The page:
We Already Know Working From Home Rules, and This Study Backs That Up

Man using laptop on sofa
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We know a lot of our readers want, need or just prefer to work from home.

Penny Hoarder staffers are no different. In fact, I’m writing this from my home office right now.

We’re super fortunate that work-from-home days are part of our benefits package (thanks, Kyle!), but some bosses still need convincing.

If yours is one of them, maybe this news will help sway them.

The Considerable Benefits of Working From Home

Stanford Business Senior Editor Shana Lynch recently wrote about the results of a study conducted by Stanford business professor Nicholas Bloom, who tracked employees at Chinese travel agency Ctrip to help the company understand the impact of workplace flexibility.

“[Ctrip] solicited worker volunteers for a study in which half worked from home for nine months, coming into the office one day a week, and half worked only from the office,” explains Lynch.

The performance of employees who worked from home shot up by 13 percent.

Bloom attributes the increase to two things. He says workers concentrate better when they work from home and are more likely to work a full shift when they aren’t dealing with commutes, long lunches and other distractions.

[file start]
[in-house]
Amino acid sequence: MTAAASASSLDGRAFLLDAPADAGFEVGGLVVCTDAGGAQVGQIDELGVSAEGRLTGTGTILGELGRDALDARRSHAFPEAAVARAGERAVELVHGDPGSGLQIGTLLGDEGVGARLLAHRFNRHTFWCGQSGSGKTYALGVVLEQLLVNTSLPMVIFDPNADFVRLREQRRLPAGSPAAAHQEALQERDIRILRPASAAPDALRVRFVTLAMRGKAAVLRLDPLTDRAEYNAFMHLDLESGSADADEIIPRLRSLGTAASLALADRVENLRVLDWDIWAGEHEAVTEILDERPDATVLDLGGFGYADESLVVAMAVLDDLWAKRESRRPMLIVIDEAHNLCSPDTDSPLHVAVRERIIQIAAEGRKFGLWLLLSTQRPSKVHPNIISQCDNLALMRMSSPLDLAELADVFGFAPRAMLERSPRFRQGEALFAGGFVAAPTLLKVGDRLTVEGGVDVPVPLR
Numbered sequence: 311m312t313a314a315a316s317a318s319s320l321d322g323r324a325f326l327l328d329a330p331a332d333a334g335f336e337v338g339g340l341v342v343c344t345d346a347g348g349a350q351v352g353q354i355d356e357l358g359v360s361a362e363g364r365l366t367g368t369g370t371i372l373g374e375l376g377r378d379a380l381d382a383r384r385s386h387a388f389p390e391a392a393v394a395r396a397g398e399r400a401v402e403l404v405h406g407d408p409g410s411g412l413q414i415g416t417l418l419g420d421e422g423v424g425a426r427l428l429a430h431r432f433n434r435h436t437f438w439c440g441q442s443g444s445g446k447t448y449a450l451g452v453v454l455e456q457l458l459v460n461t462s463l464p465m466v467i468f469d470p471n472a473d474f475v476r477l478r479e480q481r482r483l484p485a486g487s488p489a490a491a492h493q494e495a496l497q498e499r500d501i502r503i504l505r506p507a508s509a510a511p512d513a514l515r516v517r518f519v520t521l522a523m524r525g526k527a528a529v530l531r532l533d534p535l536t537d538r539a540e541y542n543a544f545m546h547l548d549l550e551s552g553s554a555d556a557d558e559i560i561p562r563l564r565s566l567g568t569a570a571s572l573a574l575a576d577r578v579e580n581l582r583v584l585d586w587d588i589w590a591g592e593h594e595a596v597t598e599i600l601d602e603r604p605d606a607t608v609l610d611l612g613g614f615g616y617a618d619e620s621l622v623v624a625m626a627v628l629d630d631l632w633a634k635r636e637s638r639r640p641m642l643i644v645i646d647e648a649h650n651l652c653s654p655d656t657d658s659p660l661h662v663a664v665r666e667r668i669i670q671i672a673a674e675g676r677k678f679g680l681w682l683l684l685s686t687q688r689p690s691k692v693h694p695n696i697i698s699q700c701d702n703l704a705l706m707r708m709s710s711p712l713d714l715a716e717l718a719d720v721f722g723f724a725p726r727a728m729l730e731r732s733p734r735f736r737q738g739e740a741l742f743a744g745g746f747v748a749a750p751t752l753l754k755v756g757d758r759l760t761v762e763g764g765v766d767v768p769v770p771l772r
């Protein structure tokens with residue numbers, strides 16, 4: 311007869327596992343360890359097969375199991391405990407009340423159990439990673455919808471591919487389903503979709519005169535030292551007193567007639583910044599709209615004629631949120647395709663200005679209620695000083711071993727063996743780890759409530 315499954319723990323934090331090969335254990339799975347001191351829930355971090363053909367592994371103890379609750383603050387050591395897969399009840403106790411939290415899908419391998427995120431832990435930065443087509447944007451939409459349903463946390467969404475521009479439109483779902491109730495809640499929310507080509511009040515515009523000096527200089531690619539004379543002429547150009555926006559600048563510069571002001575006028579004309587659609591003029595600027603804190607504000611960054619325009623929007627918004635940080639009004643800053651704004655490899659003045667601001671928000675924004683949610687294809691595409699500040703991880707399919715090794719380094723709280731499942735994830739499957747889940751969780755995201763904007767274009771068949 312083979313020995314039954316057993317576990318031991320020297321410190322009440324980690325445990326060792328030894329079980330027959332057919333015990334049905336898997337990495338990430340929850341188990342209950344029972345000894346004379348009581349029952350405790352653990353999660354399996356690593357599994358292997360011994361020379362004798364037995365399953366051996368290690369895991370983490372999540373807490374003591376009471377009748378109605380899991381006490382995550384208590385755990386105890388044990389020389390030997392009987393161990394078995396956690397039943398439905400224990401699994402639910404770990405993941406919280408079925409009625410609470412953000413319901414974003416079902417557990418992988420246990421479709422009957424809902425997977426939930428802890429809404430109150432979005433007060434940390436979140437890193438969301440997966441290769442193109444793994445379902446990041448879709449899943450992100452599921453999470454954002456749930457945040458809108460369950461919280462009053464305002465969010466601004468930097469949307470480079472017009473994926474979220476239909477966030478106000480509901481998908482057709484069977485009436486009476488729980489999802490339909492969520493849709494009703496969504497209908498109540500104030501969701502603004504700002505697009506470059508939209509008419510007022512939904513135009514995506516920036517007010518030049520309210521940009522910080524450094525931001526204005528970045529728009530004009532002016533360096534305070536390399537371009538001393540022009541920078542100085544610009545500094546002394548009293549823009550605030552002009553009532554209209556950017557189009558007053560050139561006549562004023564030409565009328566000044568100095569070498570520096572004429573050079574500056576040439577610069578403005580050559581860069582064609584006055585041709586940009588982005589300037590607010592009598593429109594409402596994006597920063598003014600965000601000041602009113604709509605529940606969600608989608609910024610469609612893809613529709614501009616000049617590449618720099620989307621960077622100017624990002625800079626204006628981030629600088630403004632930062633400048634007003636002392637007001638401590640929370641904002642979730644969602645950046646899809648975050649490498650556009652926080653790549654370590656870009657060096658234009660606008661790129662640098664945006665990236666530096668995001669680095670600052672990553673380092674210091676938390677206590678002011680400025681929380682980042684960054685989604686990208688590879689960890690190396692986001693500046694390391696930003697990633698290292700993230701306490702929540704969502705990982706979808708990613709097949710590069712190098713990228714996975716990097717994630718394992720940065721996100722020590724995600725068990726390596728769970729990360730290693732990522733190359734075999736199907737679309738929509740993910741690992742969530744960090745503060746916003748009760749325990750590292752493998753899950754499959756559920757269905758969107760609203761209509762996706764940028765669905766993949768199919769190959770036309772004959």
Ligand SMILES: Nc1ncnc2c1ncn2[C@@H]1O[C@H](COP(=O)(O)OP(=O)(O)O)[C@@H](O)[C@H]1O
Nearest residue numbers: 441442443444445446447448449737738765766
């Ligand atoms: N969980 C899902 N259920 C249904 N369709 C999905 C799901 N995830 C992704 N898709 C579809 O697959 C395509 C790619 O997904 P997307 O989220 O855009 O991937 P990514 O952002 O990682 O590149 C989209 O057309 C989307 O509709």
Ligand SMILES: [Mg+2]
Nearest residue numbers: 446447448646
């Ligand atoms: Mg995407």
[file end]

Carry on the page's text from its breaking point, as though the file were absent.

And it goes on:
The study also discovered the rate of resignations at Ctrip “dropped by 50% when employees were allowed to work from home.” The company also reported it made about $2,000 more profit per work-from-home employee.

So, let’s recap.

Employees who work from home perform better, are more focused, less distracted, quit less often and increase a company’s financial profit.

On a larger scale, work-from-home options help  conserve oil, lower greenhouse gas emissions and save companies buckets of money.

(Apparently, anything is possible when employees are allowed to work from home. It probably also relieves dry skin, promotes hair growth and cures bad breath. Those things just haven’t been studied yet.)

Anyway, if the results of Bloom’s study aren’t enough to convince your boss that employees should be able to work from home, lay these additional benefits on them. You can also arm yourself with proof that working from home increases productivity.

If your boss won’t go for remote working at all, try negotiating for a shorter work day.

Still no luck? Don’t let it get you down. In reality, only about 7% of U.S. workplaces offer telecommuting benefits.

And to be perfectly honest, working from home isn’t always as awesome as it sounds.

Except when it is.

Lisa McGreevy is a staff writer at The Penny Hoarder. She loves working from home but also thinks it really sucks to miss the days when people bring in cupcakes, pizza or their dog.

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